Russian troops in Syria have long threatened to continue their offensive against the last rebel-held area in that country, which could force up to four million Syrians to flee to Turkey. And since 2020, the Russian military has expanded its footprint in the Caucasus region.

Now Russia looks poised to dominate the northern shores of the Black Sea with its advances in Ukraine, where Mr Erdogan has angered Russia by selling Turkish-made drones, some of which have been used to strike Russian armored convoys since the start of the invasion, according to Ukrainian officials.

Mr. Erdogan and Mr. Putin spoke on the phone on February 23, hours before the start of the invasion. Mr. Erdogan reiterated his offer of mediation between Russia and Ukraine and reiterated his invitation to Mr. Putin to travel to Istanbul for a meeting with Ukrainian President Volodymyr Zelensky.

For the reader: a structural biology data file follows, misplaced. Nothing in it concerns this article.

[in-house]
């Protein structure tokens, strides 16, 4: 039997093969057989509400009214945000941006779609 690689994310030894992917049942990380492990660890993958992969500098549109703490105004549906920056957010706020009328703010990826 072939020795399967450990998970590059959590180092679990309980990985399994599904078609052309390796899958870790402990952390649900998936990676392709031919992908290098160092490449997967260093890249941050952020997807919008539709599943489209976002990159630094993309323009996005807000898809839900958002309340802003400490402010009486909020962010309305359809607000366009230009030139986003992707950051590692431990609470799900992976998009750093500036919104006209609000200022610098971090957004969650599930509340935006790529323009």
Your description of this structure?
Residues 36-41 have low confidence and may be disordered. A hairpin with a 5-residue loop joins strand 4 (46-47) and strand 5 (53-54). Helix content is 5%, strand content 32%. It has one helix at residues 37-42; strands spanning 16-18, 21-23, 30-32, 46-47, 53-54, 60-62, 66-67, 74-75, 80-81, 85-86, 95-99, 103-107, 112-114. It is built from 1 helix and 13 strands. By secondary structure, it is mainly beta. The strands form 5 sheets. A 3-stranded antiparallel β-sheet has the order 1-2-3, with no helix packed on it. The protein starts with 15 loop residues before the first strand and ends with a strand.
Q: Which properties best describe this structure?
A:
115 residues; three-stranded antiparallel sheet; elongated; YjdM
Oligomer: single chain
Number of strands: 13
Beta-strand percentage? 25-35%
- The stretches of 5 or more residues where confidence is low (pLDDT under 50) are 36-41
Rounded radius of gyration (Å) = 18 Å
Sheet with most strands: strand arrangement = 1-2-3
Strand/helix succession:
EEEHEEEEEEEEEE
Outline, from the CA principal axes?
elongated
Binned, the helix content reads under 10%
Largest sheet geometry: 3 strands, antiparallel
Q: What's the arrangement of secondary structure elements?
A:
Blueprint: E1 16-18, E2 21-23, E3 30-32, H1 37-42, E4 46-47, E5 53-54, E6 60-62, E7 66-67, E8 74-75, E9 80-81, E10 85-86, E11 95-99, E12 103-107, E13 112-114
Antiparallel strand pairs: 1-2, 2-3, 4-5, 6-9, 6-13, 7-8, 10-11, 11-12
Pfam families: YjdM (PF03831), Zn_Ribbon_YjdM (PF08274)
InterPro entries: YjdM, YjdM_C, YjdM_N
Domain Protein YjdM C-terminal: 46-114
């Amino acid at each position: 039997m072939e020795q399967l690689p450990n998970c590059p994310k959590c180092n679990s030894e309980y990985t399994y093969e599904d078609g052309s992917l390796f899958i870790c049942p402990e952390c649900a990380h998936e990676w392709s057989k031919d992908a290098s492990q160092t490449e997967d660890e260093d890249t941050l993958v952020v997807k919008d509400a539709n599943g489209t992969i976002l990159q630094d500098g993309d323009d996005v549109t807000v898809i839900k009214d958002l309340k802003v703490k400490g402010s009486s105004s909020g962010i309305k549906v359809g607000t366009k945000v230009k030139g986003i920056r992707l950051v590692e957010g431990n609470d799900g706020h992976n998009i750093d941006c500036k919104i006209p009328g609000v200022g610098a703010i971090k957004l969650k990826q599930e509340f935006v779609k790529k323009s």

“President Erdogan said that he still attaches great importance to the close dialogue he has established with Russian President Putin on regional issues, that they have seen the positive results and that he is determined to maintain this understanding,” an official statement from Turkey said. said the presidency.

Mr Erdogan has maintained an even tone in his public statements on the situation, describing the invasion of Ukraine as “unacceptable” but continuing to call for a peaceful resolution.

But there is a sense of anger in Mr Erdogan’s presidential circle that Mr Putin lied to them about his intentions in Ukraine, Ms Aydintasbas said.

“Turkey was slow to take action and evacuate its people,” Ms Aydintasbas wrote in a text message, adding: “They never believed the US scenario of a full-scale invasion and dismissed US warnings.” .

“I suspect Erdogan trusted his relationship with Putin and thought it would be a minor incursion,” she added. “Turkey also did not evacuate its citizens based on this belief. This turns out to be a huge miscalculation.